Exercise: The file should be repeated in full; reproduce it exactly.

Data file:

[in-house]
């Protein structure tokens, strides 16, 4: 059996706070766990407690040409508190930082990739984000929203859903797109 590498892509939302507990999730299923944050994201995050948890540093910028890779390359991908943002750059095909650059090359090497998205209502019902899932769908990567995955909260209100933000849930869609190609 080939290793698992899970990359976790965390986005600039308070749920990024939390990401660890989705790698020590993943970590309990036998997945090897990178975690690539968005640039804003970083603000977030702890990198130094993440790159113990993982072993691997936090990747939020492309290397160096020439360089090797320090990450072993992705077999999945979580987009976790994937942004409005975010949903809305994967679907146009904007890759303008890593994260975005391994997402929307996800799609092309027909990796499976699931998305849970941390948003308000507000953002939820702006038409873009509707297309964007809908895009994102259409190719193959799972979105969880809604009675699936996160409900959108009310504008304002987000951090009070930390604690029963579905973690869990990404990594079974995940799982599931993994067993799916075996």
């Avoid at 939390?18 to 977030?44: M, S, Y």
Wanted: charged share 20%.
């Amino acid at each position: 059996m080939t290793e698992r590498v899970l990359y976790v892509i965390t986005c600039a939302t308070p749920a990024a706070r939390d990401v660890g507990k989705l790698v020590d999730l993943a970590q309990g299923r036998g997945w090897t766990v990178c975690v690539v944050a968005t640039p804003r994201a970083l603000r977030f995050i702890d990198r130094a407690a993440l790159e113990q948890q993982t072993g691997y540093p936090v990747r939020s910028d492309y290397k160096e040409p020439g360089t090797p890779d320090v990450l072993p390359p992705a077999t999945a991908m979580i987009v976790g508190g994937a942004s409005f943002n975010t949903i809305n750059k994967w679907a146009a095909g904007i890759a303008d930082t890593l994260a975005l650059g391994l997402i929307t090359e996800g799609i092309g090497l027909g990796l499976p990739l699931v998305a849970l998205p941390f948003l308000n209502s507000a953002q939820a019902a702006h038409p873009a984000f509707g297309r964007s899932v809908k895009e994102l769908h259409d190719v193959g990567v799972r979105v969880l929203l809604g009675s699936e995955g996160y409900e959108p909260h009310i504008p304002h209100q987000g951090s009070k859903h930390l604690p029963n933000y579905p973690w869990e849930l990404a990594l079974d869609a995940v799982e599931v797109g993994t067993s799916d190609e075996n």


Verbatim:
[in-house]
């Protein structure tokens, strides 16, 4: 059996706070766990407690040409508190930082990739984000929203859903797109 590498892509939302507990999730299923944050994201995050948890540093910028890779390359991908943002750059095909650059090359090497998205209502019902899932769908990567995955909260209100933000849930869609190609 080939290793698992899970990359976790965390986005600039308070749920990024939390990401660890989705790698020590993943970590309990036998997945090897990178975690690539968005640039804003970083603000977030702890990198130094993440790159113990993982072993691997936090990747939020492309290397160096020439360089090797320090990450072993992705077999999945979580987009976790994937942004409005975010949903809305994967679907146009904007890759303008890593994260975005391994997402929307996800799609092309027909990796499976699931998305849970941390948003308000507000953002939820702006038409873009509707297309964007809908895009994102259409190719193959799972979105969880809604009675699936996160409900959108009310504008304002987000951090009070930390604690029963579905973690869990990404990594079974995940799982599931993994067993799916075996």
């Avoid at 939390?18 to 977030?44: M, S, Y």
Wanted: charged share 20%.
């Amino acid at each position: 059996m080939t290793e698992r590498v899970l990359y976790v892509i965390t986005c600039a939302t308070p749920a990024a706070r939390d990401v660890g507990k989705l790698v020590d999730l993943a970590q309990g299923r036998g997945w090897t766990v990178c975690v690539v944050a968005t640039p804003r994201a970083l603000r977030f995050i702890d990198r130094a407690a993440l790159e113990q948890q993982t072993g691997y540093p936090v990747r939020s910028d492309y290397k160096e040409p020439g360089t090797p890779d320090v990450l072993p390359p992705a077999t999945a991908m979580i987009v976790g508190g994937a942004s409005f943002n975010t949903i809305n750059k994967w679907a146009a095909g904007i890759a303008d930082t890593l994260a975005l650059g391994l997402i929307t090359e996800g799609i092309g090497l027909g990796l499976p990739l699931v998305a849970l998205p941390f948003l308000n209502s507000a953002q939820a019902a702006h038409p873009a984000f509707g297309r964007s899932v809908k895009e994102l769908h259409d190719v193959g990567v799972r979105v969880l929203l809604g009675s699936e995955g996160y409900e959108p909260h009310i504008p304002h209100q987000g951090s009070k859903h930390l604690p029963n933000y579905p973690w869990e849930l990404a990594l079974d869609a995940v799982e599931v797109g993994t067993s799916d190609e075996n």